Pornterest Vs. Pornstagram Vs. Tumblr’s #NSFW

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Wow, Pinterest’s porn section is fairly tame. I was just curious about the type of not-so-mommy-friendly content that might be popping up on what’s now the third-most popular social network after Facebook and Twitter. (Also I’m bored). After all, Tumblr houses, like, a lot of porn.

Both services aim to help their members find platforms for self-expression, one through pinning images for inspiration, the other through blogging, and both have also had to fight unwanted content on their networks.

For example, both Tumblr and Pinterest recently implemented changes to their Terms of Service banning self-injury and self-harm. This includes the cult of the “thinspo” posters, who like to find “inspirational” imagery encouraging and celebrating their anorexia-induced starvation.

Tumblr seemingly took a more proactive stance in its bans, announcing it would apply the policy on a blog-by-blog basis. And yet today, thinspo searches on Tumblr bring back hundreds of posts of jetting collarbones, ribs poking out, thighs that don’t touch, and more. Sadly, these are mostly fashion industry photos, so what can you do?

Pinterest, which enacted a similar ban on thinspo and other self-harm imagery, a month after Tumblr did, has also apparently had a tough time keeping thinspo off its site. Searches reveal this is still a popular topic for its users.

Even Instagram isn’t immune to this community, which is incredibly tough to police. When is a photo art, versus something encouraging a disease?

That’s why it’s interesting how the three social services far on other NSFW topics. You know, the dirty ones. There’s no #porn or #sex on Instagram, at least not that which you can query up by tag, that is. Depending on when you query it, the #porno tag is either pretty lame or shows full-on nudity. #Pornstar is about the same. But then someone told me about #pornstagram, and yep, there you go. Plus, all those pictures are tagged with other words that can lead you down the Instagram rabbit hole of shame. (To get to the raunchier stuff, you have dig into the tags and accounts of the users posting the images).

Pinterest, I first thought, was much cleaner. Apparently, there, porn means food porn, art and kind of silly posts (Kermit watching a nature show with frogs doing it, e.g.). A search for pornstar gets a little dirtier. But guess what mommies like to post? (hint: it’s not T&A) Still, the section itself is very small. (The section, I said.) But seriously, even searches for a certain “c” word return pictures of chickens. I guess women really do prefer recipes and shopping to hot, hot sex? Then I found some other boards. Oh, I guess not.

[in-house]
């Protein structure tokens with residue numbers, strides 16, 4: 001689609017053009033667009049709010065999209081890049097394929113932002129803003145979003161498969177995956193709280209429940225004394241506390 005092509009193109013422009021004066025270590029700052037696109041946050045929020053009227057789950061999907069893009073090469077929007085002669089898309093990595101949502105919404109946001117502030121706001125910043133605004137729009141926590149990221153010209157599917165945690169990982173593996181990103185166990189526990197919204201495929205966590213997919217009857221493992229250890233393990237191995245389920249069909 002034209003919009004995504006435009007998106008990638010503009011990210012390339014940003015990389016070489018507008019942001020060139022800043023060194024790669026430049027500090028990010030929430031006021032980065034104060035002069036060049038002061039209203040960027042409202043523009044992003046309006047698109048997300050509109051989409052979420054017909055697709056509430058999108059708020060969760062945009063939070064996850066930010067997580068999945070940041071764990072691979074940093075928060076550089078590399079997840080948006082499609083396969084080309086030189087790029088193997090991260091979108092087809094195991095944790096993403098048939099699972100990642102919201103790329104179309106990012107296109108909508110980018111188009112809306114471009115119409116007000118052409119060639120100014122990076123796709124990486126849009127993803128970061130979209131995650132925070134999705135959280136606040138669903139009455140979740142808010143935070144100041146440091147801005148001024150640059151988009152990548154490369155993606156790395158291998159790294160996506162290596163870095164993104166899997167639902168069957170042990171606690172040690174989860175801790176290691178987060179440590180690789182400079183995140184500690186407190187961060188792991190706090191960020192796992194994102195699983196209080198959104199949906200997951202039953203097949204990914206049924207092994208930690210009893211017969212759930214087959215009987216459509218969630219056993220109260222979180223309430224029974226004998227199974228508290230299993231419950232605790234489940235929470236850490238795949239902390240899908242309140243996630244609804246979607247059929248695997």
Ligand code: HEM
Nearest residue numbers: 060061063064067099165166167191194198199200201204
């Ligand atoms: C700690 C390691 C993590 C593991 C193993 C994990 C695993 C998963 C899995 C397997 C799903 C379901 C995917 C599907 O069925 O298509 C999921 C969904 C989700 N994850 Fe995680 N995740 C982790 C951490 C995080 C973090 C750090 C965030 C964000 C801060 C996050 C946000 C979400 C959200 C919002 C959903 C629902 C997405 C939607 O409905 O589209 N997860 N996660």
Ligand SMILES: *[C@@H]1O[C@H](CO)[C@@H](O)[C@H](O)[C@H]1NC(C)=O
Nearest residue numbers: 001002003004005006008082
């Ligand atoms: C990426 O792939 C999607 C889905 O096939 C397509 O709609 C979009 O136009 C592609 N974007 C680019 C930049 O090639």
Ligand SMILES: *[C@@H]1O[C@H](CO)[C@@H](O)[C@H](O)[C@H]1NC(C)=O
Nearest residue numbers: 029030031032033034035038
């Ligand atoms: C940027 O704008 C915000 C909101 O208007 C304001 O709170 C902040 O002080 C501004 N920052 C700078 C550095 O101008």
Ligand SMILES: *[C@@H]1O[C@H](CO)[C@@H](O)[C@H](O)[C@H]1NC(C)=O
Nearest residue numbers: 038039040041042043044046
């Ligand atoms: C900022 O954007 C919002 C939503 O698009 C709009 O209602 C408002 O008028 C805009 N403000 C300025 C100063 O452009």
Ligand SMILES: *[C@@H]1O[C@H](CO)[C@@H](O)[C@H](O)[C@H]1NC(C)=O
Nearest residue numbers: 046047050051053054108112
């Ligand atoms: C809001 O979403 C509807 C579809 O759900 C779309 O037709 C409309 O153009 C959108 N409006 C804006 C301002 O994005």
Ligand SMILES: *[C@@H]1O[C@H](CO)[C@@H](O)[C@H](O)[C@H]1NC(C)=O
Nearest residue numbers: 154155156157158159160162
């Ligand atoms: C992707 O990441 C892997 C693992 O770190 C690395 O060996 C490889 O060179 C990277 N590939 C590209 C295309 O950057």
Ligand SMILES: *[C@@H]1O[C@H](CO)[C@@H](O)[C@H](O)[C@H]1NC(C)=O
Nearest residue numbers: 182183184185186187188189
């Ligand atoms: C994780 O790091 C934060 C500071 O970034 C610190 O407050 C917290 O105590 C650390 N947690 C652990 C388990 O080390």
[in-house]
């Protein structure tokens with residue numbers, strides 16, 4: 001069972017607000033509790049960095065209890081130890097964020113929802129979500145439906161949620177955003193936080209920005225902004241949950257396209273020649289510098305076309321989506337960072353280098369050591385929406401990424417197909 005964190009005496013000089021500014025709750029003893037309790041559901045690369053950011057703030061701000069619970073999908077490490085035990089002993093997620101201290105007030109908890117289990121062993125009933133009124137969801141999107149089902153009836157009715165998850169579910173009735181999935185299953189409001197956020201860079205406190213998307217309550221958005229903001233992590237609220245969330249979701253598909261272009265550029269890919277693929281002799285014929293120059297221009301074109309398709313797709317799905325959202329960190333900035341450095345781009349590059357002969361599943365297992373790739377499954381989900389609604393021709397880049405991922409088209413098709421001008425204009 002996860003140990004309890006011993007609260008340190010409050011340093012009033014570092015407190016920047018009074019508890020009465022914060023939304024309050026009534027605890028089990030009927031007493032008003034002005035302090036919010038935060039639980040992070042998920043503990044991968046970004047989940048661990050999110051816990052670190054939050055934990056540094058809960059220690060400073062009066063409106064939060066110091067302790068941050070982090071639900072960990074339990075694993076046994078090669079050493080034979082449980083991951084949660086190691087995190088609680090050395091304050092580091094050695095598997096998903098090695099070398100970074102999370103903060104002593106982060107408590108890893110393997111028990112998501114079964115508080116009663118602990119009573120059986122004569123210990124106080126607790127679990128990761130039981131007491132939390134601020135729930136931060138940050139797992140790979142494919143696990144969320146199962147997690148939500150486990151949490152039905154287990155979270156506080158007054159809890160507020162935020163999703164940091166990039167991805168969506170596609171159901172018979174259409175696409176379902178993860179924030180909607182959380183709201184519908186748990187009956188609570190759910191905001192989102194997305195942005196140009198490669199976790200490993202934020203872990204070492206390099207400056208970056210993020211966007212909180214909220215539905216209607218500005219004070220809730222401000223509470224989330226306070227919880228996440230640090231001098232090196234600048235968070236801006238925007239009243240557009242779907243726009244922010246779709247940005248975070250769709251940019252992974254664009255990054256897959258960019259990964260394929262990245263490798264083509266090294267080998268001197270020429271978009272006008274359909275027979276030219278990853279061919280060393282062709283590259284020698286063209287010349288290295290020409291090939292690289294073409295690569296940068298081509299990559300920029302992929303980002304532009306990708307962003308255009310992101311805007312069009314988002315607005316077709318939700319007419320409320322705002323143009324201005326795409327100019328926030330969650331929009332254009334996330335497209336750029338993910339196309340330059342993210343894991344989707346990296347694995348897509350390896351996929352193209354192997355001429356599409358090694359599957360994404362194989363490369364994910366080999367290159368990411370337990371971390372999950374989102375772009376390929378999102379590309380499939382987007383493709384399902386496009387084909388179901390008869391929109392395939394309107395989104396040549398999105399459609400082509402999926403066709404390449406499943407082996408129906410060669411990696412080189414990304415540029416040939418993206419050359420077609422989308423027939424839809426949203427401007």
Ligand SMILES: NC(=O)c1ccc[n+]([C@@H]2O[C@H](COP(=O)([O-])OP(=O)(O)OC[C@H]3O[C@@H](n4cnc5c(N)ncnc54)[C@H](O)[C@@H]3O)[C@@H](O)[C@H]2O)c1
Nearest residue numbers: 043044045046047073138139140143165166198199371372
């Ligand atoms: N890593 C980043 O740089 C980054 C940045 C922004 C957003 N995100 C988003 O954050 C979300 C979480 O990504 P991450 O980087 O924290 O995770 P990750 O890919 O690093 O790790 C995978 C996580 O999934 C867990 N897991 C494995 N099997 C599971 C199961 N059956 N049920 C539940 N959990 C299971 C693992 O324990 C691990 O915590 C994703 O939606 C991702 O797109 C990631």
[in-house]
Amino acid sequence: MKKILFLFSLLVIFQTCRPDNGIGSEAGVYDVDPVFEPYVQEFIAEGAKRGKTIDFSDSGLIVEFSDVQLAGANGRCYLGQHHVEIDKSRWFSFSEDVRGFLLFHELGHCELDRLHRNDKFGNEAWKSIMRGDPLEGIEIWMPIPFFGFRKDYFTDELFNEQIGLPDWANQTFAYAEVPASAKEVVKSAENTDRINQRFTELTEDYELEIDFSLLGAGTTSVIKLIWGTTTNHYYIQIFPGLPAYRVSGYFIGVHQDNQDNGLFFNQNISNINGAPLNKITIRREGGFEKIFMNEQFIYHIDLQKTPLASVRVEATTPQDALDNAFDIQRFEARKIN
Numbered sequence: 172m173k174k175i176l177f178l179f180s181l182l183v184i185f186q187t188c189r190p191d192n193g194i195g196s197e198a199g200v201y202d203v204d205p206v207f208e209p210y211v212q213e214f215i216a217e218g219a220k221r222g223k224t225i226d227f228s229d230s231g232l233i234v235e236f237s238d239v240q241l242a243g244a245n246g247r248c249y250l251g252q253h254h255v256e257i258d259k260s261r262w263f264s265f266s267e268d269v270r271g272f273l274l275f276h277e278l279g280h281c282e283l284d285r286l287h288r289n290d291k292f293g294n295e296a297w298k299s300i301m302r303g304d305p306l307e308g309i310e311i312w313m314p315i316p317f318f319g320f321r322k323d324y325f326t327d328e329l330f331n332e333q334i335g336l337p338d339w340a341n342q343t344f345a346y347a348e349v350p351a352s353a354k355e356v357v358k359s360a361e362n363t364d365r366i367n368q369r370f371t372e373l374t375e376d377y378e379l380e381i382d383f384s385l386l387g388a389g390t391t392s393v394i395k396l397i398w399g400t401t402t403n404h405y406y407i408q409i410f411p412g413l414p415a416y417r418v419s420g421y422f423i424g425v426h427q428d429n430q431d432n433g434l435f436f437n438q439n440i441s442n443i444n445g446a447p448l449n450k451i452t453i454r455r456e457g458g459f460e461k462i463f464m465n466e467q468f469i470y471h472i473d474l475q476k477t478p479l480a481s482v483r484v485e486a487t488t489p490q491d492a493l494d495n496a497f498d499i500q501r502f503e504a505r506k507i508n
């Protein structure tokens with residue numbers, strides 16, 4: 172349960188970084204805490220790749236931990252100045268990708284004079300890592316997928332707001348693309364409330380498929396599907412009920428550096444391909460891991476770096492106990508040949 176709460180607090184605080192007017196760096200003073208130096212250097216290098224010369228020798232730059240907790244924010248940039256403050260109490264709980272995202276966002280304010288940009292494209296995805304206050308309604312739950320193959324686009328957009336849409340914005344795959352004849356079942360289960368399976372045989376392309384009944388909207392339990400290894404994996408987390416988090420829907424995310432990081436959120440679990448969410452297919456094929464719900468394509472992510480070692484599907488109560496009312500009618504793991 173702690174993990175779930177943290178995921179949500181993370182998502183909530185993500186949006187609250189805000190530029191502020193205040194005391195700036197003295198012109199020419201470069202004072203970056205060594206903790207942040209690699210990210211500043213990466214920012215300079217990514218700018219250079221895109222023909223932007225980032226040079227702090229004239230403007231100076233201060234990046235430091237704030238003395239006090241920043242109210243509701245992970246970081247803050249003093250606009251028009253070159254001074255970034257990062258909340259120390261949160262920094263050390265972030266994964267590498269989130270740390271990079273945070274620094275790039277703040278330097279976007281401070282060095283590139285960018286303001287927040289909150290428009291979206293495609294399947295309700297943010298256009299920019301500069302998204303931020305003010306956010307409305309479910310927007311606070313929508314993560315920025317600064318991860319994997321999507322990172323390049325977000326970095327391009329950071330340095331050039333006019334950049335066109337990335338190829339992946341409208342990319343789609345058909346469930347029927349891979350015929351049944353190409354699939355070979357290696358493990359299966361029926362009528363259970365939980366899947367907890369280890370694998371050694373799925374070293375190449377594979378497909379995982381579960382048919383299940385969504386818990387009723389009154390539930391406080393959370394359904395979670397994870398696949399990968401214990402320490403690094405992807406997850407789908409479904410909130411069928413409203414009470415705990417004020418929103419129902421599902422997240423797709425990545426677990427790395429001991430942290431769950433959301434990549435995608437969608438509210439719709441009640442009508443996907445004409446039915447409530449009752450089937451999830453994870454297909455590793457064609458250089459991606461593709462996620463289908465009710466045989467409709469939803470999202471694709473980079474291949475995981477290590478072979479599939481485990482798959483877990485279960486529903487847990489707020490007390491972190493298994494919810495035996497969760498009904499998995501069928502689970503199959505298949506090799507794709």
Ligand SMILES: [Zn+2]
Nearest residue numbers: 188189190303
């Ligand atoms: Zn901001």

Tumblr however, gets freakin’ filthy. I mean, really, really #NSFW. It’s been said that Tumblr’s secret to success is its adult content. Several years ago, that was probably true. Today, Quantcast’s Tumblr subdomains’ stats show that content has diversified quite a bit. No longer are adult sites the majority of the top destinations on the network. But did it scale on top of porn? Of course it did. And those sites are still out there, if you dig through the subdomain rankings.

And let’s get real here: Tumblr’s own content guidelines have long stated that it’s A-OK with porn. Just tag it #NSFW and don’t upload adult videos (embed, them, says Tumblr).

Why is this important? Well, maybe it isn’t. I mean, this is the Internet after all, it’s not all kittens and rainbows out there. It’s not a new problem either. (Hi,Flickr).

But I find it funny that the services are taking the time to worry about the sad, disturbed kids cutting and starving themselves, and yet, aren’t worried all that much about the fact that they’re hosting teens’ posts and photos alongside some very, very adult content. At least some porn sites have the decency to make kids do a little “what year were you born” math before seeing this kind of stuff. There’s not a warning message in front of http://www.tumblr.com/tagged/nsfw, but Tumblr does tone down what you see if you’re not logged in. (The company says it has developed several “tools for filtering and warning users about ‘nsfw’ content,” and will soon be adding more.)

Look, porn has its place in society, and always will. And, really, it’s fine if all these user-gen content services want to host it. And it’s fine if you want to go check it out. I don’t care. But let’s not rave too much about they have the best interests of kids in mind when they launch outreach efforts to save kids from the evils of thinsporation and whatnot.

They have a nifty PR campaign, but at the end of the day, they’re fine with porn. And they’re not that concerned about what kids see on their site. And, yes, some of this stuff still matters.

Pinterest has 11 million registered users.

Tumblr, 50 million blogs (some users have multiple blogs)

Instagram, some 50 million users.

Image via badkikgirl on Instagram